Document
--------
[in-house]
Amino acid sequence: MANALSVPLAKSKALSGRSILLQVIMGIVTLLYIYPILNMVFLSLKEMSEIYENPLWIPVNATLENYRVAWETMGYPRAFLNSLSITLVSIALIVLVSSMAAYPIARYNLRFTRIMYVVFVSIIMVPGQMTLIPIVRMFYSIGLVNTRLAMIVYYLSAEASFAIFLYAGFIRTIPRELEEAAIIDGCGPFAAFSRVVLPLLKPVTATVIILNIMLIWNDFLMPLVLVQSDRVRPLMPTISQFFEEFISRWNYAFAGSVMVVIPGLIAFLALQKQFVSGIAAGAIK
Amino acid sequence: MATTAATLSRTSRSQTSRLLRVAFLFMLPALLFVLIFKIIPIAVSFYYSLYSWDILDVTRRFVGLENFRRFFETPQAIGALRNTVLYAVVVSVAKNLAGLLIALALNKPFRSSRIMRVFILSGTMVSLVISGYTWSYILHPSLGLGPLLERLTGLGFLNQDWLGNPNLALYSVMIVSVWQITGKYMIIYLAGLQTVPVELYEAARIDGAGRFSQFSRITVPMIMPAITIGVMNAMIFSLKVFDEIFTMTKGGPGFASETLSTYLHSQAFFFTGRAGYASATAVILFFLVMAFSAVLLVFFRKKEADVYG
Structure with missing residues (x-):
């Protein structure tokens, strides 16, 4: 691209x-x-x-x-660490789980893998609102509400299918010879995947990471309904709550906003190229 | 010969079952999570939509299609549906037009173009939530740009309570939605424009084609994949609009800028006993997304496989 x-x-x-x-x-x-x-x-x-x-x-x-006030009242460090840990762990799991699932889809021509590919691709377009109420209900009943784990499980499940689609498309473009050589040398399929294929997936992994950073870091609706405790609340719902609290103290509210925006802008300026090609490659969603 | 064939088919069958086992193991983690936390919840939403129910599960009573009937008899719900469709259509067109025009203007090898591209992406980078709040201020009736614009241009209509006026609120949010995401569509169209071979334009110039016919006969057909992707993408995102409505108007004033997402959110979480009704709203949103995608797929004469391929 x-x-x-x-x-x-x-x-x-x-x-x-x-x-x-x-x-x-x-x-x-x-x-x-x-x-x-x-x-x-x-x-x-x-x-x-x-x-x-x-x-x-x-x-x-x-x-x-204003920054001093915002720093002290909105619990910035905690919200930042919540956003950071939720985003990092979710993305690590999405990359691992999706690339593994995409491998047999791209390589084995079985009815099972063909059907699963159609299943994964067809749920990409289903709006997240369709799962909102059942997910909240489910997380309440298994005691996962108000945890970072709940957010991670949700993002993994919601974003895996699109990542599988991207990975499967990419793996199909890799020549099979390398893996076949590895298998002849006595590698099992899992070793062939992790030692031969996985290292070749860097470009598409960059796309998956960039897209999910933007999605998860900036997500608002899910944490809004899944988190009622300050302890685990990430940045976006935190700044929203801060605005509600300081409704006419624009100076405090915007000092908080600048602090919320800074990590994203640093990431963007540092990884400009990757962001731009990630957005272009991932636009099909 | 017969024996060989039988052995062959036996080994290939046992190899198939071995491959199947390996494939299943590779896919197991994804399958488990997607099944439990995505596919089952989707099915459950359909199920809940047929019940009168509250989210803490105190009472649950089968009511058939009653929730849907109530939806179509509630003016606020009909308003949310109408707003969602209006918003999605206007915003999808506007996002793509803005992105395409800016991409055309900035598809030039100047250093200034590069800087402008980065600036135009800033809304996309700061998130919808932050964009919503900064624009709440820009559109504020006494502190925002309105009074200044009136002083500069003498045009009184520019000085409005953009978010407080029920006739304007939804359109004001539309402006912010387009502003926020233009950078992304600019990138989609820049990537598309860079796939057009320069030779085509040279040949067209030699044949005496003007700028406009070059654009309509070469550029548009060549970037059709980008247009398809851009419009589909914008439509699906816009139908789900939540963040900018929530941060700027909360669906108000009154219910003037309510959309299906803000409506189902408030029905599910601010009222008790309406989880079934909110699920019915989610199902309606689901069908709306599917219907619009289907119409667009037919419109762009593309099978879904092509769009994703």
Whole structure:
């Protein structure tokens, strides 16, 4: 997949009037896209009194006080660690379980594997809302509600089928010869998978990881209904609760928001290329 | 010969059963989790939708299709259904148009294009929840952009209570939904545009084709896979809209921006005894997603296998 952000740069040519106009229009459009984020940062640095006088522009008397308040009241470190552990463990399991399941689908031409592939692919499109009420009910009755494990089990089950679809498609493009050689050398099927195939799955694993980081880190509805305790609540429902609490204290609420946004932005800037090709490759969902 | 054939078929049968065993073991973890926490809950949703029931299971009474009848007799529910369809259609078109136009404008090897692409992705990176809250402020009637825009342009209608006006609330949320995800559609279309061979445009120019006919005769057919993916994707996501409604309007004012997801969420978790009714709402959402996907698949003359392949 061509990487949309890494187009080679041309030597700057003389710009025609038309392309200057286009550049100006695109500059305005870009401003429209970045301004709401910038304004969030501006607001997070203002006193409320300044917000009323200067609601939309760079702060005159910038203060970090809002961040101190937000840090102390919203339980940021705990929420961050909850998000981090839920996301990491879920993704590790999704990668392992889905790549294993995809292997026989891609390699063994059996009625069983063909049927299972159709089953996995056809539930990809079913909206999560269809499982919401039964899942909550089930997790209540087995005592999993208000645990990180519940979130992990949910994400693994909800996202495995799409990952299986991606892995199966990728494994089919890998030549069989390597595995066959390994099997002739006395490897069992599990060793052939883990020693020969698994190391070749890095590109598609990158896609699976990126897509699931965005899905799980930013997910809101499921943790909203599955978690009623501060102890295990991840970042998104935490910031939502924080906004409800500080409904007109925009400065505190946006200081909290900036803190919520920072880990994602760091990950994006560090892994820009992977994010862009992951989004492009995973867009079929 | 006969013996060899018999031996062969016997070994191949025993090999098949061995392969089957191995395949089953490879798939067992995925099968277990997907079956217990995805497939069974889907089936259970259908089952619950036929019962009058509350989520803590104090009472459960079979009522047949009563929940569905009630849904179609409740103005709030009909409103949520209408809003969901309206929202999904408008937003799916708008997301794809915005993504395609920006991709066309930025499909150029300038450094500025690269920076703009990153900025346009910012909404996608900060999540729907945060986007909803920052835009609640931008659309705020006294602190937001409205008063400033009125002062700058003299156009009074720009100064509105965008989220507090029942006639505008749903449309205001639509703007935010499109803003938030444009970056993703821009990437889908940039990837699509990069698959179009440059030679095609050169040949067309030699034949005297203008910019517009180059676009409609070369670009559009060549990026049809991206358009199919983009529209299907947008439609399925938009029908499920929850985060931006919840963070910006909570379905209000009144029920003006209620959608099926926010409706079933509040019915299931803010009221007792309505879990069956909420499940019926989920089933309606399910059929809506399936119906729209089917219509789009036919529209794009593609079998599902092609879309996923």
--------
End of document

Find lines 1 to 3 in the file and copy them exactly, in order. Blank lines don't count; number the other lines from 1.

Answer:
[in-house]
Amino acid sequence: MANALSVPLAKSKALSGRSILLQVIMGIVTLLYIYPILNMVFLSLKEMSEIYENPLWIPVNATLENYRVAWETMGYPRAFLNSLSITLVSIALIVLVSSMAAYPIARYNLRFTRIMYVVFVSIIMVPGQMTLIPIVRMFYSIGLVNTRLAMIVYYLSAEASFAIFLYAGFIRTIPRELEEAAIIDGCGPFAAFSRVVLPLLKPVTATVIILNIMLIWNDFLMPLVLVQSDRVRPLMPTISQFFEEFISRWNYAFAGSVMVVIPGLIAFLALQKQFVSGIAAGAIK
Amino acid sequence: MATTAATLSRTSRSQTSRLLRVAFLFMLPALLFVLIFKIIPIAVSFYYSLYSWDILDVTRRFVGLENFRRFFETPQAIGALRNTVLYAVVVSVAKNLAGLLIALALNKPFRSSRIMRVFILSGTMVSLVISGYTWSYILHPSLGLGPLLERLTGLGFLNQDWLGNPNLALYSVMIVSVWQITGKYMIIYLAGLQTVPVELYEAARIDGAGRFSQFSRITVPMIMPAITIGVMNAMIFSLKVFDEIFTMTKGGPGFASETLSTYLHSQAFFFTGRAGYASATAVILFFLVMAFSAVLLVFFRKKEADVYG